In 1788, James Madison offered a blueprint for stopping “unwarrantable measures” enacted by the federal government. In Federalist #46, the “Father of the Constitution” advised a refusal to cooperate with officers of the union.” He said even in a single state, this strategy would create “difficulties” and “impediments.” And if several states refused to cooperate at the same time, it would “present obstructions which the federal government would hardly be willing to encounter.”

Interestingly, Madison didn’t limit this strategy to “unwarrantable” or unconstitutional federal actions. He said states should refuse to cooperate with the general government even to stop “a warrantable measure” that happened to be unpopular.

Fifty-four years later, the Supreme Court codified Madison’s strategy into law. In the first of four cases that form the foundation of a legal principle known as the anti-commandeering doctrine, Justice Joseph Story argued that the state and federal government operate in separate spheres. The states cannot obstruct legitimate federal actions, but neither can the federal government force states to do its bidding.

Specifically, in Prigg v. Pennsylvania, Story held that the federal government could not force states to enforce the Fugitive Slave Act of 1793. He said that it was a federal law, and the federal government ultimately had to enforce it

“The fundamental principle applicable to all cases of this sort, would seem to be, that where the end is required, the means are given; and where the duty is enjoined, the ability to perform it is contemplated to exist on the part of the functionaries to whom it is entrusted. The clause is found in the national Constitution, and not in that of any state. It does not point out any state functionaries, or any state action to carry its provisions into effect. The states cannot, therefore, be compelled to enforce them; and it might well be deemed an unconstitutional exercise of the power of interpretation, to insist that the states are bound to provide means to carry into effect the duties of the national government, nowhere delegated or instrusted to them by the Constitution.” [Emphasis added]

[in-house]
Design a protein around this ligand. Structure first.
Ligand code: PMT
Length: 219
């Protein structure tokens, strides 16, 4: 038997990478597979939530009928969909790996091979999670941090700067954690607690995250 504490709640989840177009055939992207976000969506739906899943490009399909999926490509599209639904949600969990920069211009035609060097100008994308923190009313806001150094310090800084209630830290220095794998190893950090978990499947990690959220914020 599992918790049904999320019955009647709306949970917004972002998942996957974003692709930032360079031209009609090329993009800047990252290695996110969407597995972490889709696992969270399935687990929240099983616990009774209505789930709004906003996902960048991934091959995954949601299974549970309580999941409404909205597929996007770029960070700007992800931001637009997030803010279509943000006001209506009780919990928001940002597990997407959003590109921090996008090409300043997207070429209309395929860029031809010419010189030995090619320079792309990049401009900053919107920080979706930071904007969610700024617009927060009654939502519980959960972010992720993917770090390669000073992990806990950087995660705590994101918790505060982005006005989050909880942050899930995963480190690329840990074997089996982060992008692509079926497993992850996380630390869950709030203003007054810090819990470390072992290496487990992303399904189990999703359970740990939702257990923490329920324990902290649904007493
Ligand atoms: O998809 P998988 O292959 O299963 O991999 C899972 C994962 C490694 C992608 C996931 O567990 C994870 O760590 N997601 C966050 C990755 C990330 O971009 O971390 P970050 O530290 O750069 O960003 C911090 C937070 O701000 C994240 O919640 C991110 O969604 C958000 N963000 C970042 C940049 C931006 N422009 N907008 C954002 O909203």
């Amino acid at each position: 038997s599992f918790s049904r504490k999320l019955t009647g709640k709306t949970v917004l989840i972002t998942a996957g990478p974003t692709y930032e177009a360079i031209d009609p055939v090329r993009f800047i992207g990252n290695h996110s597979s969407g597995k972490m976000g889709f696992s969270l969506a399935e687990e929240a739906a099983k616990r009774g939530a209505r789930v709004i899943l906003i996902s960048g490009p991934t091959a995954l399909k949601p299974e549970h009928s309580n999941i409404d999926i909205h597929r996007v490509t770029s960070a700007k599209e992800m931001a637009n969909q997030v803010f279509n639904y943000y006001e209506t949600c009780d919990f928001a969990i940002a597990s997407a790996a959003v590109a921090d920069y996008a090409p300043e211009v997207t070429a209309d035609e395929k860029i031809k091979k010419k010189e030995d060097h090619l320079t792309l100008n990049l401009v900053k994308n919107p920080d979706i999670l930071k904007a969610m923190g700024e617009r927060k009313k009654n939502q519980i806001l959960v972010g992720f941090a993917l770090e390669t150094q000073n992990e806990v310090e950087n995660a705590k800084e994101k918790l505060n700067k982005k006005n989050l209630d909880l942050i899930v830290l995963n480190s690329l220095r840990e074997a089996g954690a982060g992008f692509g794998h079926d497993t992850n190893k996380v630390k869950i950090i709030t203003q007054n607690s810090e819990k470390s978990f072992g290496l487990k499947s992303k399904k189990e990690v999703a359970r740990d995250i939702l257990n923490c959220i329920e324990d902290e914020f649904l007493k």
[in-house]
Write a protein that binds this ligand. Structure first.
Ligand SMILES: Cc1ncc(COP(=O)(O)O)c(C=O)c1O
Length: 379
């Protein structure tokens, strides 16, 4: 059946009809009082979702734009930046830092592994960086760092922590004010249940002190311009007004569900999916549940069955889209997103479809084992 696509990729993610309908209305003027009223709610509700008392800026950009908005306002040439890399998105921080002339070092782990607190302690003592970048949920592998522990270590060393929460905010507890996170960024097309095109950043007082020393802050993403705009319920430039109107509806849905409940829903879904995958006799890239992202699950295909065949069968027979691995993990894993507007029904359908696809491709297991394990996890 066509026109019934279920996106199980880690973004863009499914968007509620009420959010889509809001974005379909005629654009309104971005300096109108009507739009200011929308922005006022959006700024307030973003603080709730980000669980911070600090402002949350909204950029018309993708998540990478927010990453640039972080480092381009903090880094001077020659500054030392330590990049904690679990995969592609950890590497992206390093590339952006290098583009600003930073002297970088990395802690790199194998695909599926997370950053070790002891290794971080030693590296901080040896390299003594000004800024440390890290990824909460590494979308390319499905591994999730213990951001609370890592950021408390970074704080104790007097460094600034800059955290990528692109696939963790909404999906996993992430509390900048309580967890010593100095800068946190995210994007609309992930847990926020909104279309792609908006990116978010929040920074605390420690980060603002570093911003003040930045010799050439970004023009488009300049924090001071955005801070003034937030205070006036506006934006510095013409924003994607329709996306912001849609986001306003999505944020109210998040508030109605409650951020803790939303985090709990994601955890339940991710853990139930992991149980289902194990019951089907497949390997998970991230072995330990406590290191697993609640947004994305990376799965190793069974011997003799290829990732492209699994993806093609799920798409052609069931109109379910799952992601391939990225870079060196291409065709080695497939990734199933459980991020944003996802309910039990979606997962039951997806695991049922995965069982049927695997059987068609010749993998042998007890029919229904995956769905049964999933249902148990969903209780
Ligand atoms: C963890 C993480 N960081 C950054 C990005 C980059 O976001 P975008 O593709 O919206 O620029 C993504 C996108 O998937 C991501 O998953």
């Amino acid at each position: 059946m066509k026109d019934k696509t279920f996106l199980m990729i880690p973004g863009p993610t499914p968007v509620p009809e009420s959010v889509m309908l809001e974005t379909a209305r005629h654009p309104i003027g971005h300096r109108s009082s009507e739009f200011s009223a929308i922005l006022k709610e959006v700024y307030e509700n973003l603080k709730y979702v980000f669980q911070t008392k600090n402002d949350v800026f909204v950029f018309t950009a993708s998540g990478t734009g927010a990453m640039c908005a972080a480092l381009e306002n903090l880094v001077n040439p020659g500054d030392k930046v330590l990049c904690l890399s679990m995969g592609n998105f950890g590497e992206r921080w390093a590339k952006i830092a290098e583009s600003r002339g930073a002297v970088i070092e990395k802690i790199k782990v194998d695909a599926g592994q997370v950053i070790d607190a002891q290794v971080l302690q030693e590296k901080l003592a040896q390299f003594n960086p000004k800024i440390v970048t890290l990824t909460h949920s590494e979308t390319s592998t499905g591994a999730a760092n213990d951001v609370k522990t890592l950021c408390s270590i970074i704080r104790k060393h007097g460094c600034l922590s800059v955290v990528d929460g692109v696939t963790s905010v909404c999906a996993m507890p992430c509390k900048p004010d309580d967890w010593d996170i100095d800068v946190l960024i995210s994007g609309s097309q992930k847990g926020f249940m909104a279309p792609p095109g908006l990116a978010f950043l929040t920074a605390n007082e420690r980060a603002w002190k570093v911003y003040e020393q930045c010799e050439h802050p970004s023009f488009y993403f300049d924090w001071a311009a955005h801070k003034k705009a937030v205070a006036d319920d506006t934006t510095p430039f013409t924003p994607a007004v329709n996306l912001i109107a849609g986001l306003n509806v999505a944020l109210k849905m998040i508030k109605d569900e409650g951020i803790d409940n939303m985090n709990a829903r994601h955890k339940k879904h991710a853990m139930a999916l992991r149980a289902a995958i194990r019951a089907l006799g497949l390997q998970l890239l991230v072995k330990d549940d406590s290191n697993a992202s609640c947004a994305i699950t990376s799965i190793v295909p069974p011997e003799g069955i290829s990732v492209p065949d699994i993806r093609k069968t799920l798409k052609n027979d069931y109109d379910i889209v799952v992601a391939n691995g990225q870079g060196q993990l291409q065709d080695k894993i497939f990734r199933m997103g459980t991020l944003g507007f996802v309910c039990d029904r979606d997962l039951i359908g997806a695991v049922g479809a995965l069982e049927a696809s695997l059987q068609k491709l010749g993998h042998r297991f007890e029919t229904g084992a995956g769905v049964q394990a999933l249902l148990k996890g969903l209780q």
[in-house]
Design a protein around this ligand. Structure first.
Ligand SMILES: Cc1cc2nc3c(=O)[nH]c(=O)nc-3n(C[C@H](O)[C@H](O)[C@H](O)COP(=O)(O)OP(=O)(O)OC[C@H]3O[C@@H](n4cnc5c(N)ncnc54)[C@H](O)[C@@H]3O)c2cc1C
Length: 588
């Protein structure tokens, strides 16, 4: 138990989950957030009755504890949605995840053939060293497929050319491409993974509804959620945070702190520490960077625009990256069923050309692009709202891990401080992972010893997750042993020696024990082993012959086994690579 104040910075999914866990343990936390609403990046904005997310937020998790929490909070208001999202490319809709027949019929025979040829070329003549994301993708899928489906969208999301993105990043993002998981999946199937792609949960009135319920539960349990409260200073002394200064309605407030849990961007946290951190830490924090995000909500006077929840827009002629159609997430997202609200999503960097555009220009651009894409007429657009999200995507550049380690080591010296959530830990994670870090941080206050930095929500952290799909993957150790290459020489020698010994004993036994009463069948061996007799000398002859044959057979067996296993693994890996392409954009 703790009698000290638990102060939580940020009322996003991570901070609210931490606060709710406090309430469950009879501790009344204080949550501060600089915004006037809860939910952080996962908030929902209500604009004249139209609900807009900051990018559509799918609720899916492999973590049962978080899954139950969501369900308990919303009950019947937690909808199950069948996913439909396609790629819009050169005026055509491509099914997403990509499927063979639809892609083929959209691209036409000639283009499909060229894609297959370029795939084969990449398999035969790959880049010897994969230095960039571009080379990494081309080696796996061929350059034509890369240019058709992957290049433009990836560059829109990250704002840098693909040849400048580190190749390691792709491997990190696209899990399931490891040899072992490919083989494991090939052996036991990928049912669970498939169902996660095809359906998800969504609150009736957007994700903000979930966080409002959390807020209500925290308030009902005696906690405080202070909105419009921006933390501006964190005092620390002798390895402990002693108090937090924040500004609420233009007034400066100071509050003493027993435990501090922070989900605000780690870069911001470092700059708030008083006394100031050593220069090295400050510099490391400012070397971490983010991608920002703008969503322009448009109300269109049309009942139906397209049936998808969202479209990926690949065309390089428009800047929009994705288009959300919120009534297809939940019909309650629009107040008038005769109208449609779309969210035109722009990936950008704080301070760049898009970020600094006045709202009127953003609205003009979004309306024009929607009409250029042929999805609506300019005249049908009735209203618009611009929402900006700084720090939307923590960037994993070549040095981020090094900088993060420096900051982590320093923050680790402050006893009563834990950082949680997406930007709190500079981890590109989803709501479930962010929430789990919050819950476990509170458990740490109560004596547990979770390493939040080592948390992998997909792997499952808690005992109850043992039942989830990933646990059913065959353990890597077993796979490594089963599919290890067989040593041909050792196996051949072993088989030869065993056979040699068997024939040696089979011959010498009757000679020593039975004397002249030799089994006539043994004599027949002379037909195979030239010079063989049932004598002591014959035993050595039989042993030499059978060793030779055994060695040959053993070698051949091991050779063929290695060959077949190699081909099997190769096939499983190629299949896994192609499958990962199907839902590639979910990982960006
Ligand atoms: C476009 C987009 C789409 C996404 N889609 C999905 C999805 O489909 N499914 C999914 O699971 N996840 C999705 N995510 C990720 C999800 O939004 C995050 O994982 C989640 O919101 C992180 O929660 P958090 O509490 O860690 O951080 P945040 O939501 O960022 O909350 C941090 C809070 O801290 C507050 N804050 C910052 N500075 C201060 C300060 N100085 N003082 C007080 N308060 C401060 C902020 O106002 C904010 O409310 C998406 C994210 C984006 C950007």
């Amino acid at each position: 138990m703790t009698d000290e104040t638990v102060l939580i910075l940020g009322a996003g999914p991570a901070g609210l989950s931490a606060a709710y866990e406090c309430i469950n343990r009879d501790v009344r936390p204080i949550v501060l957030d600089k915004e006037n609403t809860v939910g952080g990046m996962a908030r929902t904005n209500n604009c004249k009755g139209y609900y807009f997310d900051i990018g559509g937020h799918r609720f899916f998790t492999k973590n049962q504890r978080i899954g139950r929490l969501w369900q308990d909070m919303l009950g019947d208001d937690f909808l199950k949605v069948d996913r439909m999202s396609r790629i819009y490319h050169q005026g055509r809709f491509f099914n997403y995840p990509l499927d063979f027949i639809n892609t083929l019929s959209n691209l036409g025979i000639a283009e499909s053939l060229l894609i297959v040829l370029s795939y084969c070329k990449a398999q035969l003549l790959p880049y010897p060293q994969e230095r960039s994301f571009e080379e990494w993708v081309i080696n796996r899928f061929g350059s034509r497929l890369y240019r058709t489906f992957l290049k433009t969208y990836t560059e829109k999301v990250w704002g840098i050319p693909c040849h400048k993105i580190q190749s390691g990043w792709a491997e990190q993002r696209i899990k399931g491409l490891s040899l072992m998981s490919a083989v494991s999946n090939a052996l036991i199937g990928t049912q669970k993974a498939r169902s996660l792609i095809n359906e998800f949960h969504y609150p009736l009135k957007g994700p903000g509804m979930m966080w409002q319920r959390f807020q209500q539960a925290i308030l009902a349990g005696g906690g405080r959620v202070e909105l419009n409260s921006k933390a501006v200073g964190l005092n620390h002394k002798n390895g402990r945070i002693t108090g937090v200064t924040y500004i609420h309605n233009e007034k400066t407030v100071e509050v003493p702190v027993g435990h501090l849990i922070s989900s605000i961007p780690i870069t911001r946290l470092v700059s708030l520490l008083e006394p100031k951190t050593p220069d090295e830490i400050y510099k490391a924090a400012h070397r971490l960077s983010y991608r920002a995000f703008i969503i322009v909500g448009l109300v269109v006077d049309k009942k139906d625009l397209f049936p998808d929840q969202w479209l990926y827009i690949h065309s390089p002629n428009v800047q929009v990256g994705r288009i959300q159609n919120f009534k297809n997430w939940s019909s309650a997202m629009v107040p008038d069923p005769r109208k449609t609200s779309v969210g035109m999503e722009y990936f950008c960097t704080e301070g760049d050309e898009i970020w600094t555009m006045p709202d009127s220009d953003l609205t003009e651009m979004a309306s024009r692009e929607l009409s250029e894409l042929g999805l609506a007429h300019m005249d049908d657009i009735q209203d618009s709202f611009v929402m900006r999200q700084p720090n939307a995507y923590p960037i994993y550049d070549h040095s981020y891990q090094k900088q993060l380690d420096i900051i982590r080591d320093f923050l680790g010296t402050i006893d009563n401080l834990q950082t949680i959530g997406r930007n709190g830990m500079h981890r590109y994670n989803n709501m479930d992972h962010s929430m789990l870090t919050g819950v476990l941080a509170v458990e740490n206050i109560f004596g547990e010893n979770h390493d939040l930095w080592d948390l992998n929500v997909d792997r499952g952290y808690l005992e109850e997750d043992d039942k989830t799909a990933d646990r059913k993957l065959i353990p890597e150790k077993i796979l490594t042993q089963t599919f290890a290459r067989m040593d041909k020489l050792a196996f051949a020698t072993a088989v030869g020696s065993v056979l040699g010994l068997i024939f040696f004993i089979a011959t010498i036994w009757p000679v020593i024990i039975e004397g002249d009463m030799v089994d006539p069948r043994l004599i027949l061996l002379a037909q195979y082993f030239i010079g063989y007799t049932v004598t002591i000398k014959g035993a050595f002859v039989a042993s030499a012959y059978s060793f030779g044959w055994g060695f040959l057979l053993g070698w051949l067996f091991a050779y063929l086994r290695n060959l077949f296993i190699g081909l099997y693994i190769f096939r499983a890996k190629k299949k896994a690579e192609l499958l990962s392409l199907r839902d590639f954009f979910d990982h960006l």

Over the years, the Supreme Court built on the precedent in Prigg and fully developed the anti-commandeering doctrine. The Court has consistently held that the federal government cannot force states to implement federal programs or enforce federal laws – regardless of their constitutionality. The 1996 case Printz v. U.S. serves as the cornerstone of this doctrine.

“We held in New York that Congress cannot compel the States to enact or enforce a federal regulatory program. Today we hold that Congress cannot circumvent that prohibition by conscripting the States’ officers directly. The Federal Government may neither issue directives requiring the States to address particular problems, nor command the States’ officers, or those of their political subdivisions, to administer or enforce a federal regulatory program. It matters not whether policymaking is involved, and no case-by-case weighing of the burdens or benefits is necessary